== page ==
Industry 4.0 • April 28, 2022

When Investing in New Tech, Consider Systems Flexibility and Experience with Manufacturing Systems

Having been an industry analyst for over 25 years, one of the activities I most often help end-users with is product selection. It may take the form of a 30-minute call just to get ideas on which suppliers to consider. Or it may be a multi-day consulting effort to run a bias-neutral, scorecard-based effort to shortlist the top one to two contenders. In most cases, there are multiple factions within an organization, all with their ideas as to which type of solution and which vendor would best solve their problem. Regardless of the outcome, one of the lessons learned when investing in new technologies has been the importance of picking adaptive systems that can evolve as needs and priorities change. No matter how much we all like to think we can see the future, something always seems to come along and alter expectations, causing the need for change. 

Many organizations start their software selection journey by turning to one of the analyst industry ranking tools such as the Forrester Wave or the Gartner Magic Quadrant. Most often on the initial list of vendors they consider are the incumbent, as long as there is a solution in place and it is time to upgrade or replace. Next consideration is given to other key application providers – those in the upper right quadrant of the analyst firm’s market positioning chart, the vendor that most recently came calling, or the solution provider that did a great demo at the last trade show attended.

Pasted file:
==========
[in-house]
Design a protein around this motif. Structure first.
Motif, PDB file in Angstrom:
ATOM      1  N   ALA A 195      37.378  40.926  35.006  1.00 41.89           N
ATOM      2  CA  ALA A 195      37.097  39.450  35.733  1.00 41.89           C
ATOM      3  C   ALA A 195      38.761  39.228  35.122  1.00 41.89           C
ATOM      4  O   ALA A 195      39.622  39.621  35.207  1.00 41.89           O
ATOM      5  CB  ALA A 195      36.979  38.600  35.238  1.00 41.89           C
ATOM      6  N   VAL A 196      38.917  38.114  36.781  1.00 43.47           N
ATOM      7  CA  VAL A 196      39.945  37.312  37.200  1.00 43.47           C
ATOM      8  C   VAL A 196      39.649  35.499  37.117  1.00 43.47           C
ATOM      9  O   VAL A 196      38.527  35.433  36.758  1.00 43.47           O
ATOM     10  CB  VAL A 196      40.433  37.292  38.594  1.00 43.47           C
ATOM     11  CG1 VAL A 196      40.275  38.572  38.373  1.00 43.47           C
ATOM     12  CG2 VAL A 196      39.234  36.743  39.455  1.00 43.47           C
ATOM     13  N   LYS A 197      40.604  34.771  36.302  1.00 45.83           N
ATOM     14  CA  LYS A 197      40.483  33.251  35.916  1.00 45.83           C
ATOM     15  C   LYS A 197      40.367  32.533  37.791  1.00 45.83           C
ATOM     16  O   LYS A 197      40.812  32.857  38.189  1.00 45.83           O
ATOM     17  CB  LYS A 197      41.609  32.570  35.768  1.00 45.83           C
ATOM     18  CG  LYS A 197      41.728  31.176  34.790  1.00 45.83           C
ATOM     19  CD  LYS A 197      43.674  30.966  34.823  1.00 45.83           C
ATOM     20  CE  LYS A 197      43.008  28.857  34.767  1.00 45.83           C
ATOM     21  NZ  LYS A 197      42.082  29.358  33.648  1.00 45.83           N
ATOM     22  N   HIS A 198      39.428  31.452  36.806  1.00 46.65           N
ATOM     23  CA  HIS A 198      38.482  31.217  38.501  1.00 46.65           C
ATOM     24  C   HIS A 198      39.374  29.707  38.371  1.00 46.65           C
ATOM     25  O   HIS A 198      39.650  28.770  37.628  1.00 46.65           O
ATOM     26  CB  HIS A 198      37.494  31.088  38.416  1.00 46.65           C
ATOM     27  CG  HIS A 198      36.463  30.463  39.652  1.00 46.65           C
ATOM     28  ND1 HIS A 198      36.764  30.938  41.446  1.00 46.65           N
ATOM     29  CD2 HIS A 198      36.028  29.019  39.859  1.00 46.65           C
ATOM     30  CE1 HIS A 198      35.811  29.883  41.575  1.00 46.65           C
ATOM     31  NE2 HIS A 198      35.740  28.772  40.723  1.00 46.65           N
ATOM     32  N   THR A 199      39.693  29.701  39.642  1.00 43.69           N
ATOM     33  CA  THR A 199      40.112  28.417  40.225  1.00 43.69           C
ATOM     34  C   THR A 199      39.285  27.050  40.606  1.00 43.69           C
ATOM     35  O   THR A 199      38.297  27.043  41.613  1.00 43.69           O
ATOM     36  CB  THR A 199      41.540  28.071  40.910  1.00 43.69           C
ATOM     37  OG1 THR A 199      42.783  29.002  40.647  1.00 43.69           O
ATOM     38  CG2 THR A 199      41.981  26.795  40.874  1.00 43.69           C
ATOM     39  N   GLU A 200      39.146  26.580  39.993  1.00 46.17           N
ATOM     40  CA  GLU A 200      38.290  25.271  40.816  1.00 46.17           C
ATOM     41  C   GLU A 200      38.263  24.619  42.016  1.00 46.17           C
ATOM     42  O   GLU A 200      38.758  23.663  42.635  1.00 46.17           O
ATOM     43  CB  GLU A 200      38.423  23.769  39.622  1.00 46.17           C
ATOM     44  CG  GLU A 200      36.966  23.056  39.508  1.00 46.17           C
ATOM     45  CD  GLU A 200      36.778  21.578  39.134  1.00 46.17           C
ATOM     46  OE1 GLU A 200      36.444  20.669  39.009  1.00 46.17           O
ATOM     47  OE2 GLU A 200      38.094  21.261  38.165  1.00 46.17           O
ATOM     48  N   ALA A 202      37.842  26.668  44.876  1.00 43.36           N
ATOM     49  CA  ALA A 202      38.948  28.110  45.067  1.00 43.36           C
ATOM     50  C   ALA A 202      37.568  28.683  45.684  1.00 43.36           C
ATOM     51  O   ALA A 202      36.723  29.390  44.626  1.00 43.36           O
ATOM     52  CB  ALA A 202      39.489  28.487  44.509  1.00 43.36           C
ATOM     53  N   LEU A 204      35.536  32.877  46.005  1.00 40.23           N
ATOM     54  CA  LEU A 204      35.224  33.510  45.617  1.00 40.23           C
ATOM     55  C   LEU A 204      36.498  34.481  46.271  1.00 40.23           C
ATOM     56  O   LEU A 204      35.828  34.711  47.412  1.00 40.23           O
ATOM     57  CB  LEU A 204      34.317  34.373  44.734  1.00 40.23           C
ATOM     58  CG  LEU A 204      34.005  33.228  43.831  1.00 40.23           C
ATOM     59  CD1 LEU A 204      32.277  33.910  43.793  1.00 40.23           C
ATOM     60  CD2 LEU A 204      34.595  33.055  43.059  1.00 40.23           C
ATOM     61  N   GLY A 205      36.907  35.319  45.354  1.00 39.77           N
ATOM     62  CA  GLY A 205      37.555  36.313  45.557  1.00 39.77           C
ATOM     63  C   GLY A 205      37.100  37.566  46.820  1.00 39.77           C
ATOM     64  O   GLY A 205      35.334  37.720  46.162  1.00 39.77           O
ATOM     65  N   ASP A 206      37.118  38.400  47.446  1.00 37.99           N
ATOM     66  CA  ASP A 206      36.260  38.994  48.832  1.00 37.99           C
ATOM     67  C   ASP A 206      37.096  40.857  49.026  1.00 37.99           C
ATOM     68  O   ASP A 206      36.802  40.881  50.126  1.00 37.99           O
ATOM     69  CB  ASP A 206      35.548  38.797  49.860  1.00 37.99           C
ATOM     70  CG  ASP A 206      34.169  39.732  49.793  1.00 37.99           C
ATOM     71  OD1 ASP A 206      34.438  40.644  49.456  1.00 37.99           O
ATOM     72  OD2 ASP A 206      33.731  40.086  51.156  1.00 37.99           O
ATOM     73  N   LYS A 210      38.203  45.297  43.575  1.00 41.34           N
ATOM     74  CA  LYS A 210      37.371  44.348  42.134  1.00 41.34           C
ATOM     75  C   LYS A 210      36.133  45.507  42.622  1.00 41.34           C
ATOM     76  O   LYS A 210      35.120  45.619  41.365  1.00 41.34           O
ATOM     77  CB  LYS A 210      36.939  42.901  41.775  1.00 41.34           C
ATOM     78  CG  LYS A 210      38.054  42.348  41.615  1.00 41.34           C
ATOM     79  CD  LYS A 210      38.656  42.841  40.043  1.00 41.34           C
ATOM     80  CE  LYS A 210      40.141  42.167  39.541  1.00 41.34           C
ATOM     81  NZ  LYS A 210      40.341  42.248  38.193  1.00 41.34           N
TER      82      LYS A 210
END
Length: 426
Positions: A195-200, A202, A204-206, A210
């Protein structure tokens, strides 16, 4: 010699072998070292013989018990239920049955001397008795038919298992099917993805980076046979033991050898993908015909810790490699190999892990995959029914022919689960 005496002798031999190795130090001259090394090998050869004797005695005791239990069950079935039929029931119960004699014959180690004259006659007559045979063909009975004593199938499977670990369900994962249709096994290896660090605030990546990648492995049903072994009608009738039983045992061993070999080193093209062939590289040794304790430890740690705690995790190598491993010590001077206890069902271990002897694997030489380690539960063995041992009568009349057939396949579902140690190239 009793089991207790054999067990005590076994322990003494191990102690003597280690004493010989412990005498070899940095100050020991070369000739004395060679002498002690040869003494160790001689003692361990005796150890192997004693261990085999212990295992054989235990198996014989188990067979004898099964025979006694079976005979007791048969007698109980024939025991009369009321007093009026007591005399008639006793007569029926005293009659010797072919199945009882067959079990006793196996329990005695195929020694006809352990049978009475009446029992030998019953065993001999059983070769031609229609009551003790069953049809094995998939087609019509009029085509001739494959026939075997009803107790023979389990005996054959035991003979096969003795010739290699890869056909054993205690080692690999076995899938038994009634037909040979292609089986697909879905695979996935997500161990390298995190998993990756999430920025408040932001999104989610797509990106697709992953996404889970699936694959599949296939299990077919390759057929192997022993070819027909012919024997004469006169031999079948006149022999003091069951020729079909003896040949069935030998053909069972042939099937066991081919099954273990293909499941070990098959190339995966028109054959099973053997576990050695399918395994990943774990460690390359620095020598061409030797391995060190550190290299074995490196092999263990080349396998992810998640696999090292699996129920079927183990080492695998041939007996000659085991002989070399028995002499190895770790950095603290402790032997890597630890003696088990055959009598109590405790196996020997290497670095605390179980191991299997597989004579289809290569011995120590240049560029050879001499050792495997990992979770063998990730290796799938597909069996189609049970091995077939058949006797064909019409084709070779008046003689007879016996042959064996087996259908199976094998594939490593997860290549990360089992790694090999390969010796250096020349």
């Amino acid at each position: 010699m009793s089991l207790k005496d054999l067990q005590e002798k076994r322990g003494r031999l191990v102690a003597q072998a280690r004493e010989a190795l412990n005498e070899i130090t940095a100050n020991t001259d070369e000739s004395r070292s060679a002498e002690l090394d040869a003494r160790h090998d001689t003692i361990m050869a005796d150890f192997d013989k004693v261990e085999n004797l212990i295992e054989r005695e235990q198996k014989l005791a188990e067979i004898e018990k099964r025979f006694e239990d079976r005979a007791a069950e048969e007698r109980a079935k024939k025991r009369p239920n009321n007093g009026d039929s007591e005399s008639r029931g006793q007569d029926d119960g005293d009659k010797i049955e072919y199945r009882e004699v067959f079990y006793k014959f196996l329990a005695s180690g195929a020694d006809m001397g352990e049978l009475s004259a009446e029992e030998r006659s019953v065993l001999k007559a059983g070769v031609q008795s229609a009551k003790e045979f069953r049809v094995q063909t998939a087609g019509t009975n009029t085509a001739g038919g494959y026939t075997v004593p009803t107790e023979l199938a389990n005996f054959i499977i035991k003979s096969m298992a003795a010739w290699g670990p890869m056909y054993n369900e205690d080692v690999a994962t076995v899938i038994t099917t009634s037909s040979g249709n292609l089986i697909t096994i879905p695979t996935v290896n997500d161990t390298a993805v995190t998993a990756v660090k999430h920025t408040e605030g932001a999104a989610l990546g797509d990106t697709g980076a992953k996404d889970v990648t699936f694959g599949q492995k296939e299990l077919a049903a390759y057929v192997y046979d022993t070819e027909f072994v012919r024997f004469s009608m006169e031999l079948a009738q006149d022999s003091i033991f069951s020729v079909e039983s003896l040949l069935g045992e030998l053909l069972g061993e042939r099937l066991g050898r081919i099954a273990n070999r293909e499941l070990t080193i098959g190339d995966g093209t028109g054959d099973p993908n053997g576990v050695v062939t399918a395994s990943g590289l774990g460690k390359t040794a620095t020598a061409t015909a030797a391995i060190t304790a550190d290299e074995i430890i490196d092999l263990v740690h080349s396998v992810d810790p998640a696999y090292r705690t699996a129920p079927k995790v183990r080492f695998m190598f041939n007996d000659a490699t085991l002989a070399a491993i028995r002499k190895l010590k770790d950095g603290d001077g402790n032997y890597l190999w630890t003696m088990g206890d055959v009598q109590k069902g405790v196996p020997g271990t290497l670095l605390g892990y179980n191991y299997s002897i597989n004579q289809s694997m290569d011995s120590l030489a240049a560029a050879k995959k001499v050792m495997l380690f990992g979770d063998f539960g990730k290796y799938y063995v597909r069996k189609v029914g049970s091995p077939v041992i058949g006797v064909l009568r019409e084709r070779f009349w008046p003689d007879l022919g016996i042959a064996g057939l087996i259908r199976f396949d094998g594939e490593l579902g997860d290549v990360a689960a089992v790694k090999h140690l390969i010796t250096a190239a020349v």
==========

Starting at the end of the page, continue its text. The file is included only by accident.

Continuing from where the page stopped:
Companies that are radically disrupting their market tend to look at suppliers who are the most cutting edge as well – often new startup vendors that have little industry experience but a lot of new technology. These new market entrants usually gather attention early, positioning the strongest reason for adoption being the benefit of investing in new technologies. This approach can then drive a selection decision to be in the far right of any quadrant-based tool. Ironically, this might be one of the worst things they should do.

Disruptive Companies Need to Move Fast

As a mentor in several university entrepreneurial programs, one of the things that we emphasized most often is the 10X factor.  The key to gaining market traction, once a minimum viable product (MVP) is produced, is to grow the number of downloads, sales, or other measures of product growth by a factor of at least 10 for each of the first three years.  Your odds of success are greatly reduced if you can’t approach that kind of growth factor.  

This means you need a reliable production process that can quickly scale. The other thing most disruptive companies learn is that the MVP must also adapt quickly. Products that are on the cutting-edge will constantly be testing existing limits and often need to change to accommodate the market reaction to the disruption.  One example of this is the need to comply with regulations in multiple industries when introducing a cross-industry product.